WASHINGTON -- NATO's top military officer met with Afghan President Hamid Karzai at the presidential palace here June 30.
"We had a very good discussion of a very important time leading up to the parliamentary elections," U.S. Marine Gen. James L. Jones said. Jones is NATO's supreme allied commander in Europe and also heads U.S. European Command.
The discussion touched on a number of topics, including NATO's expansion within the country, the development of Afghan security forces, security for the upcoming elections, and the eventual merger of Operation Enduring Freedom and the International Security Assistance Force.
ISAF, working closely with the Afghan ministries, authorities, local communities and the coalition forces of Operation Enduring Freedom, carries out regular patrols in the northern and western portions of the country. ISAF also has command of provincial reconstruction teams in those areas.
The merger of OEF and ISAF, Jones said, will happen at the right time.
"We are making good progress in bringing the synergy of the two missions - OEF and ISAF - under one unified command at the correct time," he said. "General (Ethem) Erdagi has been a tremendous voice of reason and leadership in helping bring this about, and I think the path to the future - the path to our future collectively with the Afghan security forces, OEF and ISAF - is very positive as we enter this very important timeframe heading up to the parliamentary elections." Erdagi, a Turkish general, is ISAF's commander.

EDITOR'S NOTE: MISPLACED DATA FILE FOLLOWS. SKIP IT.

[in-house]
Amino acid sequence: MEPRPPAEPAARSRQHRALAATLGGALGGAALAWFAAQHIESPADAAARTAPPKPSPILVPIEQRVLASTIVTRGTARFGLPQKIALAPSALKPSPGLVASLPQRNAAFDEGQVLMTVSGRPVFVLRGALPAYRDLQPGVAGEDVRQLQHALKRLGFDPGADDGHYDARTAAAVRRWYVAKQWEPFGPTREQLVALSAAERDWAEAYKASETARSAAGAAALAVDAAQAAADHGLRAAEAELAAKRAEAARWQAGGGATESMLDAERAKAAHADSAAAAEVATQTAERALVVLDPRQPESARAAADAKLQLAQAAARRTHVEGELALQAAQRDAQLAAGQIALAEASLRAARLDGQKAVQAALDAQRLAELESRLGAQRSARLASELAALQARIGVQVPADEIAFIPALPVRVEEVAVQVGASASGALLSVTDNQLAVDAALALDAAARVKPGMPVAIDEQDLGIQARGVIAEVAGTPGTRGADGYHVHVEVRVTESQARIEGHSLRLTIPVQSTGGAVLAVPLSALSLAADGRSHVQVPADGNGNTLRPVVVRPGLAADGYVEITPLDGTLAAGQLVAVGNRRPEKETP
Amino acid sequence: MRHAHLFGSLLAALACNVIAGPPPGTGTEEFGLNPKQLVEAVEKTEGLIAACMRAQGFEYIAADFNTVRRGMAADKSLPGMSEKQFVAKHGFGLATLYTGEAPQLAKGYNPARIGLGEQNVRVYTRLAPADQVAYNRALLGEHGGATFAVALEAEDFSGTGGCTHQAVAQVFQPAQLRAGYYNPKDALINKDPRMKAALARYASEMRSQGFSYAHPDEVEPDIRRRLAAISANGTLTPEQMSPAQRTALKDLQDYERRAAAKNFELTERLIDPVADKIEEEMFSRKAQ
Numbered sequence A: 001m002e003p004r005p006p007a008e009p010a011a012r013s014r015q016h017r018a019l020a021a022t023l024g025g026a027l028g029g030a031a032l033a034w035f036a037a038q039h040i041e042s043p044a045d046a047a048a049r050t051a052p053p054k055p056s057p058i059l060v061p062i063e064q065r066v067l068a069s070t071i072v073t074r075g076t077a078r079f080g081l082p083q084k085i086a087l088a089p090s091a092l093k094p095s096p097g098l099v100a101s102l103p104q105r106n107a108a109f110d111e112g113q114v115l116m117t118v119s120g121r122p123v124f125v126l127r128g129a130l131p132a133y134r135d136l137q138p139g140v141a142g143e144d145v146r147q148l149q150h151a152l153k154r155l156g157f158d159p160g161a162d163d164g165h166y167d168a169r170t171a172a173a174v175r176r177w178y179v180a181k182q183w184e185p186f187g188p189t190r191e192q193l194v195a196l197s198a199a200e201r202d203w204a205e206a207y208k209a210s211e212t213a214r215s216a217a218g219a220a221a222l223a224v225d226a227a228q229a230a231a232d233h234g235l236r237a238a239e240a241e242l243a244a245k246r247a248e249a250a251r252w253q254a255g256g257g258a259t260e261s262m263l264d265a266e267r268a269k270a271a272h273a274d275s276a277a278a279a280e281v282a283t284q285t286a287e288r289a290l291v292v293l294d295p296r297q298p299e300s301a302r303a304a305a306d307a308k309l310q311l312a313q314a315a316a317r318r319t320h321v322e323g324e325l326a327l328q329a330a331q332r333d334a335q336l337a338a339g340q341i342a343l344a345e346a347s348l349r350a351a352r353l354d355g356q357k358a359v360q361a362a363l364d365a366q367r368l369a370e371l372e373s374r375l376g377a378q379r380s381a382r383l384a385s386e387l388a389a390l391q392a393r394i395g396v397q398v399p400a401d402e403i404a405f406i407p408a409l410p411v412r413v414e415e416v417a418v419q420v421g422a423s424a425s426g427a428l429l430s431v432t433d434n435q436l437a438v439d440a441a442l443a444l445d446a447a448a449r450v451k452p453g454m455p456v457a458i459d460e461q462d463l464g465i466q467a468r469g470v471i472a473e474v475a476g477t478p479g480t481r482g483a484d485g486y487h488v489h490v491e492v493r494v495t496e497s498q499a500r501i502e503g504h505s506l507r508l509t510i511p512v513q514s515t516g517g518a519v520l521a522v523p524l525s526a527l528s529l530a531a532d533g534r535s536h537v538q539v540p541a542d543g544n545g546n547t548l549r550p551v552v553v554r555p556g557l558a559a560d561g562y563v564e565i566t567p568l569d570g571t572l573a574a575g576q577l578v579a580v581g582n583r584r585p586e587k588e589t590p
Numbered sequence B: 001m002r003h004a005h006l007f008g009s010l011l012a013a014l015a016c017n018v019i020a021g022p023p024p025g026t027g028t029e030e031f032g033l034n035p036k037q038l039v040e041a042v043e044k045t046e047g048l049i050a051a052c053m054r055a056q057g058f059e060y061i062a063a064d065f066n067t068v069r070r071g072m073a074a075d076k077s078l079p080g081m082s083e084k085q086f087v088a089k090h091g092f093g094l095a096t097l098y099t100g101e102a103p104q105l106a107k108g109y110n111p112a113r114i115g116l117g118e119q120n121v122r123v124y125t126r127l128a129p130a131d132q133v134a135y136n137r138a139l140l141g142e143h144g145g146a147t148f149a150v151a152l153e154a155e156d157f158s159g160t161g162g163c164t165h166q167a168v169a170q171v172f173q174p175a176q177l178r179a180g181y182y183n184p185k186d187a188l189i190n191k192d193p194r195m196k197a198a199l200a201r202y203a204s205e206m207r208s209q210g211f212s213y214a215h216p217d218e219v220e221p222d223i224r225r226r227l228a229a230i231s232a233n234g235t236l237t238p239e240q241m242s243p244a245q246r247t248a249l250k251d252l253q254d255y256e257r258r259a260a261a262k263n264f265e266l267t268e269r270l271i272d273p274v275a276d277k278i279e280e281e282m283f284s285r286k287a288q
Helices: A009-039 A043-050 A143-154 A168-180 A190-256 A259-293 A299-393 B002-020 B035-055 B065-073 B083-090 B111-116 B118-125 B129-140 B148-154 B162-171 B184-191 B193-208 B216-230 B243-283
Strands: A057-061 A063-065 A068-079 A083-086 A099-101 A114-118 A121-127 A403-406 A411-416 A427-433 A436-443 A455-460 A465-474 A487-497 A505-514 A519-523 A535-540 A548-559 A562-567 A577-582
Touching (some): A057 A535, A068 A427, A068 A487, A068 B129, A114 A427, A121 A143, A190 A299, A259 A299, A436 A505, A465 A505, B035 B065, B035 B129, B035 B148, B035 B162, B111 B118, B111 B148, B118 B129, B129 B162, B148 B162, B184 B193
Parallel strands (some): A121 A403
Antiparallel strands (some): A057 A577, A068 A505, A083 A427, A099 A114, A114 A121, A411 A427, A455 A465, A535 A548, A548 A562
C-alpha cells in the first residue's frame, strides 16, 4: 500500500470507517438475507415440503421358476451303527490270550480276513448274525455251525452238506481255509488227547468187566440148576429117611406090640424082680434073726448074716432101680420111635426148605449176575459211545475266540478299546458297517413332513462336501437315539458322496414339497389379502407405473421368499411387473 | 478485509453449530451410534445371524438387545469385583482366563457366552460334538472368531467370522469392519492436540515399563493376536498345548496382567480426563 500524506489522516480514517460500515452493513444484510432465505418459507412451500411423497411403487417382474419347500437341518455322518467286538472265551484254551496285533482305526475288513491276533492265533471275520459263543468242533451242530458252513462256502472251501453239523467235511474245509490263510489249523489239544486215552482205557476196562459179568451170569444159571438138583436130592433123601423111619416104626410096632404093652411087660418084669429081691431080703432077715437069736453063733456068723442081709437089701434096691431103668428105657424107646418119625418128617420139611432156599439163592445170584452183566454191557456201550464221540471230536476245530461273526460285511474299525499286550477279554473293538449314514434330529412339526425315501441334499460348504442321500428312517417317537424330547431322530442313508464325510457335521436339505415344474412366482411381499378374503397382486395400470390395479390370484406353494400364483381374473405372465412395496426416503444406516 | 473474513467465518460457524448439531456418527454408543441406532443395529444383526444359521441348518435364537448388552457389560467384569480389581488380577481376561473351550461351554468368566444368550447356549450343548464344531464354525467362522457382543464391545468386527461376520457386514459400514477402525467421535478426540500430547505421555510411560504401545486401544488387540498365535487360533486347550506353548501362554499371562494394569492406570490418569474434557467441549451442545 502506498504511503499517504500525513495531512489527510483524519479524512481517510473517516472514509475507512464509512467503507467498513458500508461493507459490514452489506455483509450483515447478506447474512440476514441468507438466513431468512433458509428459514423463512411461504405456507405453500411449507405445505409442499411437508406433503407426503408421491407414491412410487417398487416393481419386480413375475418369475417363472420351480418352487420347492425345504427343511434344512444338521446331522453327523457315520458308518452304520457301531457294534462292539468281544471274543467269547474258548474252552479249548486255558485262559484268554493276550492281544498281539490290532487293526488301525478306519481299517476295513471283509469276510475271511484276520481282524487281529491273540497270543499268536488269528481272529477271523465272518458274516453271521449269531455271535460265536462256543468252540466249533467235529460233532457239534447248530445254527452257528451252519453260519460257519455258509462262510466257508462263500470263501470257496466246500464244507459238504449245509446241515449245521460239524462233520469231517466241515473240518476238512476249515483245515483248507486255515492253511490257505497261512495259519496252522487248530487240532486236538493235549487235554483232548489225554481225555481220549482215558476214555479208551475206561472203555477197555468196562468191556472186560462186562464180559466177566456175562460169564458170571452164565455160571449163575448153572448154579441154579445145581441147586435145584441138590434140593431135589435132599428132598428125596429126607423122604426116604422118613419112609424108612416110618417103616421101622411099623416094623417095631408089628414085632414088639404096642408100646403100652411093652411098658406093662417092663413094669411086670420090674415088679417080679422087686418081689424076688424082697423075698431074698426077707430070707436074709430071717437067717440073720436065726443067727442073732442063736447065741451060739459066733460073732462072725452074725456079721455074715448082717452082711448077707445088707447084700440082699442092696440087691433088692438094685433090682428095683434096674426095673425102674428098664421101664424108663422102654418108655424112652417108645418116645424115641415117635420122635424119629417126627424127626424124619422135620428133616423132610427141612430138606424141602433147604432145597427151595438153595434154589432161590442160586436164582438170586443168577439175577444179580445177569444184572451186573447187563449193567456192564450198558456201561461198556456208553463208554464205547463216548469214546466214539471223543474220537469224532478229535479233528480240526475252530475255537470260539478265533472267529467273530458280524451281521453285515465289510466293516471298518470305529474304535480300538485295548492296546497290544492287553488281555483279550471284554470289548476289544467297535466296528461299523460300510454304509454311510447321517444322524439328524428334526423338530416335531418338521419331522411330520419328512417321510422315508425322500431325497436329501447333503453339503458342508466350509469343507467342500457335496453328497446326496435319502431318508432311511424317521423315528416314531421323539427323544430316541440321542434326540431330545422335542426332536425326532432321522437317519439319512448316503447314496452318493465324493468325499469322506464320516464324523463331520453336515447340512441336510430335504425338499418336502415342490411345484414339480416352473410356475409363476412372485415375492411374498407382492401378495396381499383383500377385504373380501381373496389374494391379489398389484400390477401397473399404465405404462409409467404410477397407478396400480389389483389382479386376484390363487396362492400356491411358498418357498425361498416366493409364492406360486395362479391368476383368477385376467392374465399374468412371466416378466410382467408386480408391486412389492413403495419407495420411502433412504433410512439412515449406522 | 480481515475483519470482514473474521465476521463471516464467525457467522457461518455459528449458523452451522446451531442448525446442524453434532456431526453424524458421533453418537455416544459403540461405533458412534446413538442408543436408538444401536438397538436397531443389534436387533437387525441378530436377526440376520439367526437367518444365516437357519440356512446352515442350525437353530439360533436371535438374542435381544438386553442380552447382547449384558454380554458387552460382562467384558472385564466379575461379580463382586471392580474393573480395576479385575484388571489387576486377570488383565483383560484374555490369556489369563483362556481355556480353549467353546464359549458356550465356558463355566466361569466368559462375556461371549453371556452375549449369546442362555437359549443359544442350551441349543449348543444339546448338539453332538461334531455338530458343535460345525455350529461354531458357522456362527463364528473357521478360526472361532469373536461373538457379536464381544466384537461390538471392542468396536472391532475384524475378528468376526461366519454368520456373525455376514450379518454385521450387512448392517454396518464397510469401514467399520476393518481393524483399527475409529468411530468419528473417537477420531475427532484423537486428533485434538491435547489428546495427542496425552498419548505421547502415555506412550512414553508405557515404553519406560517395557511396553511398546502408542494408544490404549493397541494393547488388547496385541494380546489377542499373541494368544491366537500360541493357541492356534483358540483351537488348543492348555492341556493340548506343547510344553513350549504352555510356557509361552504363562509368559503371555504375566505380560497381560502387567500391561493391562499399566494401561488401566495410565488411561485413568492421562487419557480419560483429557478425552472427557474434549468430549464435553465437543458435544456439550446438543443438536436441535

Jones said he sees a growing commitment to NATO expansion into the southern portion of the country, being planned for the spring-to-summer timeframe in 2006. "The evidence supports the growing international presence, the number of countries that have signaled an interest in either establishing a PRT or sending forces that can continue NATO's expansion," he said.
With parliamentary elections slated for September, security also was part of the discussion. NATO has confirmed that Romania, Spain, the Netherlands, the United States, Italy and Austria will contribute a combined total of three battalions, four companies and a platoon for election security, Jones said. Those added troops would bring ISAF's total troop strength to nearly 11,000, up from about 8,500 currently.
Afghan Defense Minister Gen. Abdul Rahim Wardak, who joined Jones on behalf of Karzai at a news conference after the meeting, said the government is very positive about the security of the elections. This, he said, is based partially on the successful Afghan presidential elections of 2004.
"The last time when there was an election, there were worries by the international community and you are all witness that everything went so well," Wardak said. "This time ... NATO and the coalition are going to deploy more troops and we also have the experience of the last election.
"We are also going to augment our security arrangement and make more preparations and be more on alert in this coming two and a half months ... up to the election," he said.
Jones said he was pleased with the discussion with Karzai and the way things were proceeding in each of the areas he and the president spoke about.
"I'm happy to be able to go back to Brussels and give my report to the (NATO) secretary-general to the effect that things are moving in a positive way," Jones said.